What Makes the Dance Magazine Awards So Uplifting
Some nights, you head home buzzing with energy. After last night's Dance Magazine Awards, we were dancing with it.
Joshua Culbreath in Doubt & Dolo. Photo by Christopher Duggan.
The night opened with an incredible performance by Rennie Harris Puremovement in The Word, plus Doubt & Dolo, a gripping solo that Harris said he choreographed for his mother, who had just passed.
Harris went on to thank all of the surrogate mothers who still look out for him: Brenda Dixon Gottschild (who presented his award with an adorably awesome rap), Joan Myers Brown, and his "sister" Charmaine Warren.
Rennie Harris. Photo by Christopher Duggan
Although Diana Vishneva wasn't able to fly in from St. Petersburg due to illness, she sent a lovely video sharing that, "New York lifted me up; Marcelo lifted me higher."
That Marcelo she was referring to was of course Marcelo Gomes, her former partner at American Ballet Theatre. He presented Vishneva the award with a hilarious speech recounting their first time dancing together: She'd requested Gomes partner her in Manon—with just four days notice. But their first rehearsal together ended up being one of the best hours of his career. Gomes learned that Vishneva's "magical, intense stillness" is one of her greatest gifts. "She's a professional pauser," he joked. "That's her job."
To honor Marika Molnar, her daughter Veronika Jokel sang live to accompany New York City Ballet star (and long-time Molnar patient) Tiler Peck, in a solo she choreographed for the event.
Veronika Jokel and Tiler Peck. Photo by Christopher Duggan.
In presenting Molnar with her award, Miami City Ballet artistic director Lourdes Lopez thanked her for not only helping dancers to perform, but for helping them to keep moving and demonstrating long after they retire from the stage, so that they can pass everything on to the next generation.
Molnar then told the story of how she became NYCB's physical therapist: When she was fresh out of school, Balanchine was one of her first patients. Mr. B hated doing PT exercises like squats and heel raises, so, at his suggestion, they danced the exercises by waltzing together—three times a week around his living room!
Lopez presenting to Molnar. Photo by Christopher Duggan
The night wrapped up with a searing performance of Alvin Ailey's Cry by honoree Linda Celeste Sims, who showed off her ability to be equal parts "a Sherman tank and rose petals" as presenter Judith Jamison put it. "She's like steel, but then there's that heart and vulnerability."
Co-presenter Robert Battle playfully compared Sims to her famous pernil recipe: "She seasons it perfectly with salt and garlic and sazon; marinates it for three days. It's the kind of thing where you savor it, and the next day you say, 'Mmm, I can still taste it!' " said Battle. "Well, that's what her dancing is."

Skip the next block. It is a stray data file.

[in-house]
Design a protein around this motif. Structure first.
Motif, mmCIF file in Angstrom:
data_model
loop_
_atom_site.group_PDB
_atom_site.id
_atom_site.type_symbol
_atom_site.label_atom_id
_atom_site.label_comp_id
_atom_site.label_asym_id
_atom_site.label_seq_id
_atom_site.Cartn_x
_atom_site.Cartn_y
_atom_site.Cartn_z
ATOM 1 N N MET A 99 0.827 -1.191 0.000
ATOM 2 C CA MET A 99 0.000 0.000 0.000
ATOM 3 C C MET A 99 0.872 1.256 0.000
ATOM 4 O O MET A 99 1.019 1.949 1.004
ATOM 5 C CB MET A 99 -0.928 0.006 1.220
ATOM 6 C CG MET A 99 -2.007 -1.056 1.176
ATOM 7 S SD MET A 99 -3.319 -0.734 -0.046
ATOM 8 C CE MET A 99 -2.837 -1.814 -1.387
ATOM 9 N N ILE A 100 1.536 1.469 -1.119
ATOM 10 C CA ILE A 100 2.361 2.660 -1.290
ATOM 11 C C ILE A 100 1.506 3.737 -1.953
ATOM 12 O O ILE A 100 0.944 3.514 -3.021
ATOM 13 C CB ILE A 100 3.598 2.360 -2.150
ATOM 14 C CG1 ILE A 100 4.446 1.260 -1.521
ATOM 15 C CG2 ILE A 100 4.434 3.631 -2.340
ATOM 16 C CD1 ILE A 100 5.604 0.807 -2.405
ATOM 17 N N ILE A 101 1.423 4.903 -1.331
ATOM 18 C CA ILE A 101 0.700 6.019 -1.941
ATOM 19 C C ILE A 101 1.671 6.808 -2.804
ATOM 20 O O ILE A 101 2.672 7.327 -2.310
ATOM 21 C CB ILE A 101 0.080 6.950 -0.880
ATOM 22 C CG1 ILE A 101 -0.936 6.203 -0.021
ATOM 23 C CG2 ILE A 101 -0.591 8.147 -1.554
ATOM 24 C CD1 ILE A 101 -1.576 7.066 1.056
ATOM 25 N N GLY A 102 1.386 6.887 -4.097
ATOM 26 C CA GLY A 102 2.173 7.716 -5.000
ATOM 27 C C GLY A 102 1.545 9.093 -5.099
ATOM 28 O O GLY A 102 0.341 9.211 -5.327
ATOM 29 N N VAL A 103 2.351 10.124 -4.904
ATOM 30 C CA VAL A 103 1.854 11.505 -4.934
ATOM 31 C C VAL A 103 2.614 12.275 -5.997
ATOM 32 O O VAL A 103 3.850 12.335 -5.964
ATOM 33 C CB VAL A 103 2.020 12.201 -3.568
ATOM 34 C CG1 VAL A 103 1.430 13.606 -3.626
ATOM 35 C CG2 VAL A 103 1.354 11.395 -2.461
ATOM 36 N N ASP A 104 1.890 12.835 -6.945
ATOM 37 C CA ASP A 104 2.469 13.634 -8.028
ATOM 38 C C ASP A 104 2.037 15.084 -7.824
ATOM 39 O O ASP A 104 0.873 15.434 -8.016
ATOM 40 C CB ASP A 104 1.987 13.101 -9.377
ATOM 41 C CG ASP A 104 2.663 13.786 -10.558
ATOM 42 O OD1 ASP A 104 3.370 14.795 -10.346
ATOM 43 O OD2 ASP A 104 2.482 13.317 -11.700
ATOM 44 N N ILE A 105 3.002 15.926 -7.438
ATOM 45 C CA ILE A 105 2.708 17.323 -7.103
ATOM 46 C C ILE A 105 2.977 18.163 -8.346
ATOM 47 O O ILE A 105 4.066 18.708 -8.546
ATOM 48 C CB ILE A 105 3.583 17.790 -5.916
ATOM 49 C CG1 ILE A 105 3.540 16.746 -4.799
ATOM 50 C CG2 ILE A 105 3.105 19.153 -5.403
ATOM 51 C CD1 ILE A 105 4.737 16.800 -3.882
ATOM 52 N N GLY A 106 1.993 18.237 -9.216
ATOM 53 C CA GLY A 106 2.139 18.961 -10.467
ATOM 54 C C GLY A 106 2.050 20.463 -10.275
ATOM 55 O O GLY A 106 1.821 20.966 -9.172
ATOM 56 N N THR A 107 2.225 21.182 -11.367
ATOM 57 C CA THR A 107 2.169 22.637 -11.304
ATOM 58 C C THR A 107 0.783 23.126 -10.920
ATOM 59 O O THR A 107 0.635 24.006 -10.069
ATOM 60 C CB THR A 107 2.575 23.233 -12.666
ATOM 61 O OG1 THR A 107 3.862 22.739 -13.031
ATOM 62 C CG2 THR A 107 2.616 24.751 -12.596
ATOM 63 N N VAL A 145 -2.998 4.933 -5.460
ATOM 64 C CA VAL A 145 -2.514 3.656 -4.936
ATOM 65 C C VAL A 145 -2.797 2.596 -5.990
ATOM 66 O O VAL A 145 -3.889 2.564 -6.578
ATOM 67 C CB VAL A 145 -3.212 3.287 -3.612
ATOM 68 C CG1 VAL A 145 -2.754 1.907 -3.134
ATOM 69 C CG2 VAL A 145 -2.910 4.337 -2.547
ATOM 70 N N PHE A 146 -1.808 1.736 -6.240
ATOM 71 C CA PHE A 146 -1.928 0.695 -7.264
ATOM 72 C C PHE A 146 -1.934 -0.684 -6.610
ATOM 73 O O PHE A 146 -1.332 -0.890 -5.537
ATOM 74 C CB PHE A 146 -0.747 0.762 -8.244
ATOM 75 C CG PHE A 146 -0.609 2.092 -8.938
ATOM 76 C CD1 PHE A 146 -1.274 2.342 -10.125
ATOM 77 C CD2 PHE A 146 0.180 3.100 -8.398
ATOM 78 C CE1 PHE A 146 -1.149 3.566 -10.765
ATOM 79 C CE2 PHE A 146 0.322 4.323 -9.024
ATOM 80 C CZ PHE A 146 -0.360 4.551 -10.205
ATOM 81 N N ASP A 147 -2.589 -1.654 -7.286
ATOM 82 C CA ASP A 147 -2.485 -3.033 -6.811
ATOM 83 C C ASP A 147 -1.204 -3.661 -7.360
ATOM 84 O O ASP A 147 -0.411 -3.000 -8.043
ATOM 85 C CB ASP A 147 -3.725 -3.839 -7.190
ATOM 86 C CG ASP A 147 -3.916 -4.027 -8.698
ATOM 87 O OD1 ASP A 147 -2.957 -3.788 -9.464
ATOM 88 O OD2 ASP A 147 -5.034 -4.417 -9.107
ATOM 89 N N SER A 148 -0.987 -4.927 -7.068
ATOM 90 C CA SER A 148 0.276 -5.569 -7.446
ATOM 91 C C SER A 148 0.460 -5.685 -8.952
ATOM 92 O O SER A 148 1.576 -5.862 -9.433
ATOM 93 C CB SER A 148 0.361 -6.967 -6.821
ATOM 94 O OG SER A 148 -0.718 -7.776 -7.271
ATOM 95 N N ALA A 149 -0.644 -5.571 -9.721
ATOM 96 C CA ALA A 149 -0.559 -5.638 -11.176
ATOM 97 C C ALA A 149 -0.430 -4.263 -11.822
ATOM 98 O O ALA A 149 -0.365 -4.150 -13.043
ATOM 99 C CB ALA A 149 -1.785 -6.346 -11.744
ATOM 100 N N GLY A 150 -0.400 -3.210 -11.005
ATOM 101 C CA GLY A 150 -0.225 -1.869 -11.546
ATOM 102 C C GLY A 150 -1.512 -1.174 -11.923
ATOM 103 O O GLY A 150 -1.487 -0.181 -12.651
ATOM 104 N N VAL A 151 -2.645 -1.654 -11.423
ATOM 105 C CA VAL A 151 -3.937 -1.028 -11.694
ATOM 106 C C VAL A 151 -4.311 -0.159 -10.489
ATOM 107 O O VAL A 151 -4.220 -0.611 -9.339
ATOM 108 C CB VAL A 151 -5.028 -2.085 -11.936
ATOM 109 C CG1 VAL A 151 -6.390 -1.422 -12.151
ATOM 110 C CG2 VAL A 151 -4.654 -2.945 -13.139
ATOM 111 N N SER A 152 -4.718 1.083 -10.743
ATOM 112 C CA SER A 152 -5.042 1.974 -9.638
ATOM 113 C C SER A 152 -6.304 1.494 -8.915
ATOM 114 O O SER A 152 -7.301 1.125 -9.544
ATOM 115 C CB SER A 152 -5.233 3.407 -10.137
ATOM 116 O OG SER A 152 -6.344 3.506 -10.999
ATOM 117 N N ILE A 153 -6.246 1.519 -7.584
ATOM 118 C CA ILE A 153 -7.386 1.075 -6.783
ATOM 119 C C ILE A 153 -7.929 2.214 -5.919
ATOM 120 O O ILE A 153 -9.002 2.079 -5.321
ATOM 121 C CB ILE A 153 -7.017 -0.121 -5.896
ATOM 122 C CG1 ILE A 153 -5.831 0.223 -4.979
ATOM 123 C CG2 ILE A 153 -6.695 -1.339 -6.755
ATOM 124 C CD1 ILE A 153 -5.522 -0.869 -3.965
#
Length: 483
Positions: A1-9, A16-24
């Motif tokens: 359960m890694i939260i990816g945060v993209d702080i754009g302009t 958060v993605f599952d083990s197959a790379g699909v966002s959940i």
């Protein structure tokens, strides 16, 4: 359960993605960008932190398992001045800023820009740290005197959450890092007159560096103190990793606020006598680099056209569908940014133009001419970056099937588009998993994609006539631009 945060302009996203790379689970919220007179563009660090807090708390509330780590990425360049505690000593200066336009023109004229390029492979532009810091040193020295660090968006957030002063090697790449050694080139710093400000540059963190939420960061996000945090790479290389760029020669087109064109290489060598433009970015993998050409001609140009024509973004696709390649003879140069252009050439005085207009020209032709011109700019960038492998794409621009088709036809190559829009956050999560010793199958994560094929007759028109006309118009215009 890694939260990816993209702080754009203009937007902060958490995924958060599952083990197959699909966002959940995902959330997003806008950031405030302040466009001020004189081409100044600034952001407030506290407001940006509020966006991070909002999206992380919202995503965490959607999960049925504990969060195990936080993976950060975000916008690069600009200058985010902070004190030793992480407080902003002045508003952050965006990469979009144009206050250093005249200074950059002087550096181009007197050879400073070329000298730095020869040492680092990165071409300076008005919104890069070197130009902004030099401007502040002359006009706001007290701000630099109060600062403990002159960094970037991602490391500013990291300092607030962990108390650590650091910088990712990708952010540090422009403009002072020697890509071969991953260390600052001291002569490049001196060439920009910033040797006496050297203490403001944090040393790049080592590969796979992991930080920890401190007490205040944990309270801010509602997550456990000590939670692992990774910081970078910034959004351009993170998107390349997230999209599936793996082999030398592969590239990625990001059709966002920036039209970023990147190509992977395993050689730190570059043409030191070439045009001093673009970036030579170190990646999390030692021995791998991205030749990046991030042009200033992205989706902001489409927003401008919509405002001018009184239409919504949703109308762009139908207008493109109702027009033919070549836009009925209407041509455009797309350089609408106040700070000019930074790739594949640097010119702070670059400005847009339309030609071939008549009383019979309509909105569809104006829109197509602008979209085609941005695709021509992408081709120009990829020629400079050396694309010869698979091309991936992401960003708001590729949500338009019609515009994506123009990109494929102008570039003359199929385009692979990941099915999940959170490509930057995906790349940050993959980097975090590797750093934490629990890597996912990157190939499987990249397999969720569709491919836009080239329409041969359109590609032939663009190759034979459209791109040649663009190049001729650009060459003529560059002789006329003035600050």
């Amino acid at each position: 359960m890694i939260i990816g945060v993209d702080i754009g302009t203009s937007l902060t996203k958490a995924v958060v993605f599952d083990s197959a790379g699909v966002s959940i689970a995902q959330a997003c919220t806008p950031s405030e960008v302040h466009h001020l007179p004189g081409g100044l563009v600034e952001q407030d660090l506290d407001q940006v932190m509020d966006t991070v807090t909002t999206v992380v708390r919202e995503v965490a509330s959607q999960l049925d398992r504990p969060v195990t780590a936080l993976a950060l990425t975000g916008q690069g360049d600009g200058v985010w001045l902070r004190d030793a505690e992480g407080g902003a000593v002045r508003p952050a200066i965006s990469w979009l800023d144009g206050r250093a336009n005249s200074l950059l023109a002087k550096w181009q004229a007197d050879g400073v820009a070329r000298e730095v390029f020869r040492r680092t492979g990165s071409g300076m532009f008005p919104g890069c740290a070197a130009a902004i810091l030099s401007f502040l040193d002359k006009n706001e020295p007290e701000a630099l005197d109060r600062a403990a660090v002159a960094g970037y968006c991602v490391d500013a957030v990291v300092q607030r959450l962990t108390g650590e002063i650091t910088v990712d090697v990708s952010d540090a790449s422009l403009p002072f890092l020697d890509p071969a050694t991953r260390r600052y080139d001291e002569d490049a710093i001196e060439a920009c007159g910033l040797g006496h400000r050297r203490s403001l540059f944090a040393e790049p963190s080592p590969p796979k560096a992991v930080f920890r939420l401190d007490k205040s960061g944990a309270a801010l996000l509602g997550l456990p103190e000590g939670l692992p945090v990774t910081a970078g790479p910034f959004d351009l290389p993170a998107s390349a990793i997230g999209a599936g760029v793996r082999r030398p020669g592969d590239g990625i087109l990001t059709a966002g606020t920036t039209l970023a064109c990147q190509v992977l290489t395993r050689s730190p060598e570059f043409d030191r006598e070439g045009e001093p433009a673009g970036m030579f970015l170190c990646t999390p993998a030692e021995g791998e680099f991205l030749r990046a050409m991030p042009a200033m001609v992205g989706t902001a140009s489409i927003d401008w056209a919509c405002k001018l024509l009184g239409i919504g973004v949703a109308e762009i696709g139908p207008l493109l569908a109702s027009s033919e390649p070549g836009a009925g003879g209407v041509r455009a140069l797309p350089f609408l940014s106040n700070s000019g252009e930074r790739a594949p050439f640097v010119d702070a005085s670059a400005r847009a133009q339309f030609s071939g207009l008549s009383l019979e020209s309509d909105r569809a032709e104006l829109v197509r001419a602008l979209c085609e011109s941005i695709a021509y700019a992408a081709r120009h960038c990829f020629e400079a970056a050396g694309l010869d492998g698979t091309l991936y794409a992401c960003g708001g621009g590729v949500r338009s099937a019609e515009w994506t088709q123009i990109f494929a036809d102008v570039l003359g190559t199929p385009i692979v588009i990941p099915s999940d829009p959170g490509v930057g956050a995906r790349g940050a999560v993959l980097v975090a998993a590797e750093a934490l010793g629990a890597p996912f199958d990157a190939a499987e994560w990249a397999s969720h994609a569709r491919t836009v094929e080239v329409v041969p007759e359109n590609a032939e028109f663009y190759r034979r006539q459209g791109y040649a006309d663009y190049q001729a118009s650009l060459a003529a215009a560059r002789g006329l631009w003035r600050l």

Linda Celeste Sims. Photo by Christopher Duggan.
A huge "thank you" to everyone who traveled from near and far to help us celebrate. With so much joy, talent and love for dance, the Dance Magazine Awards was something we know we'll be savoring for many days to come.
You know compelling musicality when you see it. But how do you cultivate it? It's not as elusive as it might seem. Musicality, like any facet of dance, can be developed and honed over time—with dedicated, detailed practice. At its most fundamental, it's "respect for the music, that this is your partner," says Kate Linsley, academy principal of the School of Nashville Ballet.
Notable dancer and beloved teacher, Ross Parkes, 79, passed away on August 5, 2019 in New York City. He was a founding faculty member at Taipei National University of the Arts in Taiwan, where he taught from 1984 to 2006. Lin Hwai-min, artistic director of Cloud Gate Dance Theater, said: "He nurtured two generations of dancers in Taiwan, and his legacy will continue."
About his dancing, Tonia Shimin, professor emerita at UC Santa Barbara and producer of Mary Anthony: A Life in Modern Dance, said this: "He was an exquisite, eloquent dancer who inhabited his roles completely."
Just four years ago, the University of Southern California's Glorya Kaufman School of Dance welcomed its first class of BFA students. The program—which boasts world-class faculty and a revolutionary approach to training focused on collaboration and hybridity—immediately established itself as one of the country's most prestigious and most innovative.
Now, the first graduating class is entering the dance field. Here, six of the 33 graduates share what they're doing post-grad, what made their experience at USC Kaufman so meaningful and how it prepared them for their next steps:
More than once, when I'm sporting my faded, well-loved ballet hoodie, some slight variation of this conversation ensues:
"Is your daughter the dancer?"
"Actually," I say, "I am."
"Wow!" they enthuse. "Who do you dance with? Or have you retired...?"
"I don't dance with a company. I'm not a professional. I just take classes."
Insert mic drop/record scratch/quizzical looks.